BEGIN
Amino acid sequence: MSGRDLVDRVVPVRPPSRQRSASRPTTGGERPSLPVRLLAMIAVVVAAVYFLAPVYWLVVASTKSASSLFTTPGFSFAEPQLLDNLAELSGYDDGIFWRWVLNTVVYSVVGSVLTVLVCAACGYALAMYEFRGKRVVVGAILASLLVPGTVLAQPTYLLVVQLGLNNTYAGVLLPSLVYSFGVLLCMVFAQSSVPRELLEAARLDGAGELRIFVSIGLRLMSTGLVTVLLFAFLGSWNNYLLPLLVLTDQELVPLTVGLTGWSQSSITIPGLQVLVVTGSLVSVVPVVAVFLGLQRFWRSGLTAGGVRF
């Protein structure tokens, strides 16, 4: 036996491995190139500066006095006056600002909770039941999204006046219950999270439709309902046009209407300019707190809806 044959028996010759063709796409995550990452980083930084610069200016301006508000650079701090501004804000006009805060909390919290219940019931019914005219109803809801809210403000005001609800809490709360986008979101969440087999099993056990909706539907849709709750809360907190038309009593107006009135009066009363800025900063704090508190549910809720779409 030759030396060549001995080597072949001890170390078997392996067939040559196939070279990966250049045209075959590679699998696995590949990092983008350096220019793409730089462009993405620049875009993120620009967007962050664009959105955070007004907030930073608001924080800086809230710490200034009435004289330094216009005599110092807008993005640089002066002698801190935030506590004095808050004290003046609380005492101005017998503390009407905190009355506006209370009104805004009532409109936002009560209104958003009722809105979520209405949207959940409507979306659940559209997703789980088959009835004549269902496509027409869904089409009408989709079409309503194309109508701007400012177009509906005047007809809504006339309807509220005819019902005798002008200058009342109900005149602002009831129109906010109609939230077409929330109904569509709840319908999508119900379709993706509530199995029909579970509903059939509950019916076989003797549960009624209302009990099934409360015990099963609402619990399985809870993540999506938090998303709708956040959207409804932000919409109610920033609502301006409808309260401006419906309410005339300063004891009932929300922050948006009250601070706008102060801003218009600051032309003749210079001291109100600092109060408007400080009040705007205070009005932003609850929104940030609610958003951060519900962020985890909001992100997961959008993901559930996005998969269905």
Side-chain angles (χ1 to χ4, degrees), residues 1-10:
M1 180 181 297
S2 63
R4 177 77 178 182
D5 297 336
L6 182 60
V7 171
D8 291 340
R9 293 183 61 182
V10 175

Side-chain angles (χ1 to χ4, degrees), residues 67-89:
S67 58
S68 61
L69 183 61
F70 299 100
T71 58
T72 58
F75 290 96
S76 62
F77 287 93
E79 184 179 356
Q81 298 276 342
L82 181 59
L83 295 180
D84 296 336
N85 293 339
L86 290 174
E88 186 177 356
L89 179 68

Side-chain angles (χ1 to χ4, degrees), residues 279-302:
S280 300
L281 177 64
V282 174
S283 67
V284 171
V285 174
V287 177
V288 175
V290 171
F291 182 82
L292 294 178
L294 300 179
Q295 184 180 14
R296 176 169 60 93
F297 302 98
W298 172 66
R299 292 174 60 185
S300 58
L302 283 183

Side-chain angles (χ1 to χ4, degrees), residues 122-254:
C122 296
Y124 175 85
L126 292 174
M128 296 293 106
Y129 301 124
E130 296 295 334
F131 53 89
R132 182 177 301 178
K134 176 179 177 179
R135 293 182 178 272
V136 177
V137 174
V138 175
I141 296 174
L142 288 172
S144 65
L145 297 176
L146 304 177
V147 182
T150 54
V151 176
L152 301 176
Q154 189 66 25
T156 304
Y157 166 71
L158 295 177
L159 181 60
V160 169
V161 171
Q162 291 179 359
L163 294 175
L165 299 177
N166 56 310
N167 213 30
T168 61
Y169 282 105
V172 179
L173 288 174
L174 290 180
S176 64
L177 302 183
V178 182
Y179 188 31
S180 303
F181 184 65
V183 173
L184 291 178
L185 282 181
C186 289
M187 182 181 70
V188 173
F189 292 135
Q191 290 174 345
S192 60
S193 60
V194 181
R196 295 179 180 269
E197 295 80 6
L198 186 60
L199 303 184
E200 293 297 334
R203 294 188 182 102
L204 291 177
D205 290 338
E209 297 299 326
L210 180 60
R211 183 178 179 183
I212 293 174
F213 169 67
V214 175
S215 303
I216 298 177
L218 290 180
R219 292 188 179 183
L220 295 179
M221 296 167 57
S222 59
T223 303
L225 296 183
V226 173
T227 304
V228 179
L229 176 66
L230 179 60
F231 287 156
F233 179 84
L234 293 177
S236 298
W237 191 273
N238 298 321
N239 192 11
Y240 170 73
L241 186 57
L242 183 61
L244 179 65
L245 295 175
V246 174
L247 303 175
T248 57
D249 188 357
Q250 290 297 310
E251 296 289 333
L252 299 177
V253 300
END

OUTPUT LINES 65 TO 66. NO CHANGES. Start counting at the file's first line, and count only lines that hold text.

V138 175
I141 296 174